Hornbill Unleashed

May 26, 2011

Tackling Rape Needs Concerted Action Now!

Ann Teo

Sarawak Women for Women Society (SWWS) is saddened but not surprised that more rapes on vulnerable Penan women have been reported

Since this hit the headlines back in 2008, SWWS has been conducting its Empowering Rural Girls (ERG) Project in Baram to raise awareness and to develop systems of help.

The recommendations from this project were submitted to the Ministry of Women, Family and Community Development, the funder of the project. We also note that the Ministry has liaised with the State Government to form an inter-agency committee for Penan women’s development.

It is now high time for all these parties to come together and formulate comprehensive and integrated strategies, and plan to tackle what is happening in the interior.

Three of the eight recommendations are particularly pertinent to the latest case of rape. These are:

1. The government ought to state clearly to all major companies in the interior that they are expected to comply with the sexual harassment code for employees in the work place and surrounding communities, and as part of their corporate social responsibility to regularly provide staff cultural-sensitivity training and HIV/AIDs awareness. For new corporates involved with the construction of dams, oil-palm or forest plantations, this requirement ought to be made legally binding at the point the contract is awarded.

2. The government ought to provide telecommunication links so that all of the villagers can have access to people they trust, and the authorities, when the villagers are faced with a problem. Not all will be able to afford handphones, but these days it is likely there is someone in the village who can.

3. That systems to report rape are made more accessible and user-friendly. The girl at the centre of the present case has had the courage and opportunity to go to the Marudi police to report rape, but the other girls in her village have not been able to use such a system. SWWS has recommended that the rural health clinics are made the first point of call and that the police are provided with their own/government transportation to go to the survivors. Currently the usual practice is for them to go on transport provided by logging companies, as smaller police stations are not supplied with 4WDs.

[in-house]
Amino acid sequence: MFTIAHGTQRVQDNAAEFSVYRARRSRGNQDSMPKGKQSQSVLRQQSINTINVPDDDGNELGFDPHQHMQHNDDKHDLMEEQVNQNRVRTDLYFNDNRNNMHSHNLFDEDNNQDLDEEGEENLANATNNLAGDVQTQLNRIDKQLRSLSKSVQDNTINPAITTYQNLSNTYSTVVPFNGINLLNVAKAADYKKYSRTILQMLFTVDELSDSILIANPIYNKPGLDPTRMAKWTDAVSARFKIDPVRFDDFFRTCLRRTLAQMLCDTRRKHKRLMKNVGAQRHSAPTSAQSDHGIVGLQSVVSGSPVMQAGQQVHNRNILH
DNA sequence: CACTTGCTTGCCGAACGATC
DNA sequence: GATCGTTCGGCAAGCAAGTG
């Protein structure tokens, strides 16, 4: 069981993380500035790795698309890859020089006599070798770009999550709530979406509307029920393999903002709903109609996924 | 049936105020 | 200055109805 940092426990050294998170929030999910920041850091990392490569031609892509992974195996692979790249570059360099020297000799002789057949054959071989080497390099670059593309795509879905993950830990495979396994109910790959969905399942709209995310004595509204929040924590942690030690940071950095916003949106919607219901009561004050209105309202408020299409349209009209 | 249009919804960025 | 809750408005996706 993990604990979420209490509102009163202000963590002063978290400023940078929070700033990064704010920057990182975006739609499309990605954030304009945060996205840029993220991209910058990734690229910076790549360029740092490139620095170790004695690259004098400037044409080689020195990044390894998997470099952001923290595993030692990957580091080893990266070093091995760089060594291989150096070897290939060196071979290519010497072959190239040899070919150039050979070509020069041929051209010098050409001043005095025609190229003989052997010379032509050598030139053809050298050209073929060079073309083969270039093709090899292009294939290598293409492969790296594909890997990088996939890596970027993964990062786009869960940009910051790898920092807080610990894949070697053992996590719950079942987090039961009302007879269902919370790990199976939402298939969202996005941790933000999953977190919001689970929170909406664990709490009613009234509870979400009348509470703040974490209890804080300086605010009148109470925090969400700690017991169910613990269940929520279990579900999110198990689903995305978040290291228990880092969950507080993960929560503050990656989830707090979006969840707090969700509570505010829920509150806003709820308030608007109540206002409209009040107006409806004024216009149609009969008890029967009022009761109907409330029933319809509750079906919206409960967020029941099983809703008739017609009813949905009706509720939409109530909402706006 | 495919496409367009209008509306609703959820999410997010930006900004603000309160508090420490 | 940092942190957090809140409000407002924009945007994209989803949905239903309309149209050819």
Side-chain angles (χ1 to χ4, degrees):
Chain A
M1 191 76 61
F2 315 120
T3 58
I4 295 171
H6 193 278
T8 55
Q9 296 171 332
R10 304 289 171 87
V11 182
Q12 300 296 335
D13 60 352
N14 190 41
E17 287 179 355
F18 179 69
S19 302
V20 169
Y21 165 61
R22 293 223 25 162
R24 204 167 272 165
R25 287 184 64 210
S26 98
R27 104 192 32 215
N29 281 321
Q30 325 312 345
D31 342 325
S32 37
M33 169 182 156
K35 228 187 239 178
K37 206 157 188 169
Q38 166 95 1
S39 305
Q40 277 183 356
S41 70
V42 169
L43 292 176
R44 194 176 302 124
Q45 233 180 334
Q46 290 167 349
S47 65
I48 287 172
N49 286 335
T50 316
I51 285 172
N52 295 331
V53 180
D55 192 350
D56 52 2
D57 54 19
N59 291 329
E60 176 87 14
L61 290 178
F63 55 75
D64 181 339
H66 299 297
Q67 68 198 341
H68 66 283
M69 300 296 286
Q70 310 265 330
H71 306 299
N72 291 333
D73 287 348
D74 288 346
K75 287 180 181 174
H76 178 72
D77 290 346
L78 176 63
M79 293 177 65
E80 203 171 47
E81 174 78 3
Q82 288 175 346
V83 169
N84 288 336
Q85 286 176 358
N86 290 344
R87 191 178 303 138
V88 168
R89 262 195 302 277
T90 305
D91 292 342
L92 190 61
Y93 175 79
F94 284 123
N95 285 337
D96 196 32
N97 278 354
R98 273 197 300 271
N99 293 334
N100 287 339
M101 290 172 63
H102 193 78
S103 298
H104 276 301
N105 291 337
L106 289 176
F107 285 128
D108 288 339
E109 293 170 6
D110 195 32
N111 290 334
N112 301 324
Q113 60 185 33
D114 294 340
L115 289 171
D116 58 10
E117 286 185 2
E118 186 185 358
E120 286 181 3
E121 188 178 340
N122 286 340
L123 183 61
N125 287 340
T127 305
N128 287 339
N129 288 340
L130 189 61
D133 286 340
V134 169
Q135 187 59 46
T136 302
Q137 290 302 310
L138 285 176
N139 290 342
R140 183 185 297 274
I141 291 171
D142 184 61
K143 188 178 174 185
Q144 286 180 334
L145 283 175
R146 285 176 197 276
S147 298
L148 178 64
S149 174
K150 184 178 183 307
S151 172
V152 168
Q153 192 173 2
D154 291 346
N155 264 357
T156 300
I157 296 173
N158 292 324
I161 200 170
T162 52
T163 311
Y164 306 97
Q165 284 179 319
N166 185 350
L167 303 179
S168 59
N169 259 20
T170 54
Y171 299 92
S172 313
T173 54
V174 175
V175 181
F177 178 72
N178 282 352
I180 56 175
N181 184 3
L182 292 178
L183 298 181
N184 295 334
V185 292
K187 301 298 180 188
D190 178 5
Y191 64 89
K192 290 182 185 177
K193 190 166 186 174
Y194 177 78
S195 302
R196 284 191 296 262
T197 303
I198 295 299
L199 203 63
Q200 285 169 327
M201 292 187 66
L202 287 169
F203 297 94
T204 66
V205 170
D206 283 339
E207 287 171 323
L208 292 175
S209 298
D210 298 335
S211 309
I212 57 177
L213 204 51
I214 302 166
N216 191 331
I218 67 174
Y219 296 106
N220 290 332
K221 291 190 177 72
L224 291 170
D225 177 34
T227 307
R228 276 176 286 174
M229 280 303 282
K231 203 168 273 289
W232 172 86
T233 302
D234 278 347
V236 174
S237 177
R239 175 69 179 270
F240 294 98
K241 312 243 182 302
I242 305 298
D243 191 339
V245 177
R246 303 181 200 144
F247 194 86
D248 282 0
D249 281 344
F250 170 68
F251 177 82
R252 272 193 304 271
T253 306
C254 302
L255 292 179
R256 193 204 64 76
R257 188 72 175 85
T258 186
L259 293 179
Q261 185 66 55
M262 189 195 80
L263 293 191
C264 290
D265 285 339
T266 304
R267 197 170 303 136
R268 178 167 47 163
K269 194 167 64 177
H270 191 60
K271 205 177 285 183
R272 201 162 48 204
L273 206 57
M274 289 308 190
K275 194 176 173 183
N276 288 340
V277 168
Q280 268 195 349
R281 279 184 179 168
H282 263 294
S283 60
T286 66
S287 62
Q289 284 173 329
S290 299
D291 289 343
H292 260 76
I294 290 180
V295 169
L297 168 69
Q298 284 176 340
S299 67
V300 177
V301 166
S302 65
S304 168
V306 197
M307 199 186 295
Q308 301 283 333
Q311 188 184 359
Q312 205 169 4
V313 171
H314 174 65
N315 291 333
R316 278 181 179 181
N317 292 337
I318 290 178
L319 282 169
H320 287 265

Dependency on companies for transportation, poverty and the influx of new workers, be they foreigners or locals, into the area must inform this whole area of how to make young girls in the interior safe.

SWWS has been working closely with the State Education Department, Health Department and local communities to raise awareness about sexual abuse amongst youths and provide assistance. We recognize that there are a range of sexually-exploitative situations which not only involve foreigners but also locals working away from home.

This particular case outlined in the Star, however, is clearly rape, and we hope that the focus will remain on this  crime and the rapist. In the past there has been a tendency for the girl or victim to be on trial, or be blamed, and not the criminal.

Following the recent remarks about children born out of wedlock fathered by foreigners, SWWS notes it is should not be a problem registering these children as their mothers are Sarawakian, and so the child is too.

The problem is the long-standing one of many Sarawakians in the interior, in this case Penan women, not having ICs or birth certificates themselves. This situation is improving but still needs more consistent and concerted action by Jabatan Pendaftaran Negara.

The full report which also highlights the need for more action on the very worrying aspect of HIV/AIDS transmission can be accessed through our SWWS website at   http://sarswws.com/SWWS%20Booklet.pdf

ANN TEO – Sarawak Women for Women Society (SWWS)

1 Comment »

  1. The BN coalitions were not doing much to investigate and prevent vulnerable women and girls from been raped by employees of timber contractors in order not to step on the toes of Taib’s cronies yet many educated native women are just too happy to be associated with PBB, SPDP and PRS. Many were often heard to be dropping names of BN lawmakers whenever they wanted to get attention or something done especially those from Shell Women’s Club and Orang Ulu Women’s Association.

    Comment by Norlia — May 26, 2011 @ 6:49 PM | Reply

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